Oil market news: commodity prices are rising, and the embargo is not yet convincing

Trading News


Oil prices rose on Monday amid the weakening of the US dollar against major world currencies, rising prices from the world's largest oil company Saudi Aramco and expectations of increased demand for petroleum products.

The price of August futures for Brent oil rose by 0.6% to $120.44 per barrel. July futures for WTI rose by 0.63% to $119.62. WTI oil traded at $118.38 per barrel.

The dollar exchange rate decreased by 0.17% against the Japanese yen, and by 0.1% against the euro. The dollar index against a basket of six major currencies fell by 0.24% to 101.89 points during the European session.

The European Central Bank will meet this week, and the results will be announced on Thursday. Analysts predict tighter monetary policy in the euro area due to rising inflation, which means that the euro will become even stronger. The dynamics of the dollar, in turn, may be significantly affected by the statistics on annual inflation for May in the US, the data of which will be published this Friday. In the meantime, analysts expect the current indicator to remain at the level of April, namely 8.3%. The dollar was in a weak position, which favors the demand for commodities, as they become more accessible to holders of other currencies.

At the same time, the oil and gas company of Saudi Arabia Saudi Aramco increased the selling July prices for oil for Asia by $2.1. According to media reports, such an increase in value was a surprise, as experts expected a price increase of $1.5.

On the demand side, the market is expecting a sharp recovery in fuel consumption as the summer season approaches, as car trips in the US and Europe increase substantially. In China, the world's largest consumer of petroleum products, the virus restrictions are finally fading away, which greatly hampered the country's economic growth and negatively affected the overall picture of global demand for oil.

At the beginning of last week, an embargo was announced on the supply of Russian oil. According to the plan, in six months the EU countries, with the exception of Bulgaria, are going to stop importing Russian oil by tankers, and in eight months they will also stop receiving oil products.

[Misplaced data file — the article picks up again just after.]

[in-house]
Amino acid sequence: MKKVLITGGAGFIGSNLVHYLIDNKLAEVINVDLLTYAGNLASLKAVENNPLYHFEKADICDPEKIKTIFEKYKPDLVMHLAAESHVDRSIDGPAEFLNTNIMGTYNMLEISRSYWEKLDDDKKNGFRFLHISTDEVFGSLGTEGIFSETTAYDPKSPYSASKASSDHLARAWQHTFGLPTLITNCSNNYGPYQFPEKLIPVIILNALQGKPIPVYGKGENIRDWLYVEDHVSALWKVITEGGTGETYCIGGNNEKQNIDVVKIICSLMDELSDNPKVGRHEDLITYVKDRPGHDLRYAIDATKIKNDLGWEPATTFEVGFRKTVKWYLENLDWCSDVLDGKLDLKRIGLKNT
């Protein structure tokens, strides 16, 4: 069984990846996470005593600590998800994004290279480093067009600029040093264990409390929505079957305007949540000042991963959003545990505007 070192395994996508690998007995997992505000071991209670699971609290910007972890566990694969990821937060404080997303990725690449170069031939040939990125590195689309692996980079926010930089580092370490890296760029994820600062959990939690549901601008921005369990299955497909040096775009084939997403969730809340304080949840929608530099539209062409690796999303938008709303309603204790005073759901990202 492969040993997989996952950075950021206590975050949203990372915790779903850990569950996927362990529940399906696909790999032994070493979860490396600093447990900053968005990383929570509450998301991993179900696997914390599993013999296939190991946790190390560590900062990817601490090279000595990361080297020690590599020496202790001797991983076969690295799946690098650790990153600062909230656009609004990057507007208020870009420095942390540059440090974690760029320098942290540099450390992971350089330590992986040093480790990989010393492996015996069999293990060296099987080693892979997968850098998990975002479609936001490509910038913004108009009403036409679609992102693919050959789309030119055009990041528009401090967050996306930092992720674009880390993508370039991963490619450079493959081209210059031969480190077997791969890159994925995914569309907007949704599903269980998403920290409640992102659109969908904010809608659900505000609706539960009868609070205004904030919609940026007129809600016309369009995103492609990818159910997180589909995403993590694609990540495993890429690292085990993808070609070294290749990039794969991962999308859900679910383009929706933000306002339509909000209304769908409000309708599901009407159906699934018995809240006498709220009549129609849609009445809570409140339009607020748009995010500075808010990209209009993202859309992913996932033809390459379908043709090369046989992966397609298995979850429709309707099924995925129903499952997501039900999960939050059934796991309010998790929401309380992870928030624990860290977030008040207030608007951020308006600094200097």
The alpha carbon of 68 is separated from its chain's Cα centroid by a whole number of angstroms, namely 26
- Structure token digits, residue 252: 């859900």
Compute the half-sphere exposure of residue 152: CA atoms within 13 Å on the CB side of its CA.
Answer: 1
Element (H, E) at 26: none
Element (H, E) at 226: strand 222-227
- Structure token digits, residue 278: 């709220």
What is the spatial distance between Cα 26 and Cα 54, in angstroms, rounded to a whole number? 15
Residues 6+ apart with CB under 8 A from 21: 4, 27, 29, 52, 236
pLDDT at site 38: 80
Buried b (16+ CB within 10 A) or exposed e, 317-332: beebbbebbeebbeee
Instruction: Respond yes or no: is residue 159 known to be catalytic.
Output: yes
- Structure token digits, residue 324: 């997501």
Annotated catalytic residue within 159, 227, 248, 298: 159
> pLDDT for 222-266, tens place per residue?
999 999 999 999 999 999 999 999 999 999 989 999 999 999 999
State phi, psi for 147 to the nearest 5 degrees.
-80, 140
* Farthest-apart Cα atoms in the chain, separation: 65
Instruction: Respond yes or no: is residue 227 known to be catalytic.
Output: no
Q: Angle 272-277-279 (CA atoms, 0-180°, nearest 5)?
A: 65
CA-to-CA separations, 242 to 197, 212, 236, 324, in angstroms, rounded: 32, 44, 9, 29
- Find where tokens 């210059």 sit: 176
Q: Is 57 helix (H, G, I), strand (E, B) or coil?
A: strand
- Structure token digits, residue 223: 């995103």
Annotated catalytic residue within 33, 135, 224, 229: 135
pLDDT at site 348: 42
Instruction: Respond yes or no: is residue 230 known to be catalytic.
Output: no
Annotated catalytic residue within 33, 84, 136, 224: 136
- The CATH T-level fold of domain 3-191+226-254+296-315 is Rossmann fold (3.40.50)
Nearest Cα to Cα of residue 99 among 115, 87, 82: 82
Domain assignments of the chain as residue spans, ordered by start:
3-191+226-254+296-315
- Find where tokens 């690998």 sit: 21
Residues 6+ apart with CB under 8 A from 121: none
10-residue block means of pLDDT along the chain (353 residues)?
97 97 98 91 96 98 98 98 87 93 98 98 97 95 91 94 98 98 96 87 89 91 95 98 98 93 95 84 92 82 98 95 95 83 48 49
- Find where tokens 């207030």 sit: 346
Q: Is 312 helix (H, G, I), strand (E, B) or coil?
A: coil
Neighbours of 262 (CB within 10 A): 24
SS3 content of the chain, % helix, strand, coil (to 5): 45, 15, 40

Today, this embargo, frankly, does not look very convincing. First, even with restrictions, Russia will still be able to make quite good money on the export of its oil. Secondly, only maritime transportation fell under the ban; oil will continue to be delivered to certain European countries through the pipeline. The ban on the supply of oil from the Russian Federation will affect two-thirds of Russian oil exports to the EU. At the same time, the head of the European Council, Charles Michel, noted that by the end of this year, the EU intends to reduce the supply of Russian energy raw materials by 90%.

According to Bloomberg, Russia's oil and gas revenues in 2022 will be about $285 billion, and this is already taking into account the European embargo. Incomes for the current year will be more than one-fifth higher than last year's income, and, taking into account the export of other raw materials, it can compensate for $300 billion in reserves that were frozen by Western European banks due to sanctions.

It is likely that EU officials are aware of the meager potential of the measures they have developed, which is why they are in search of new solutions that would significantly reduce the export of any raw materials from Russia to those countries that have not yet decided to join the anti-Russian sanctions.For example, the EU is determined to ban the insurance of ships flying the Russian flag. By the way, this measure risks blocking oil exports to other countries. The ban on insurance may also apply to tankers that transport Russian oil to various parts of the world.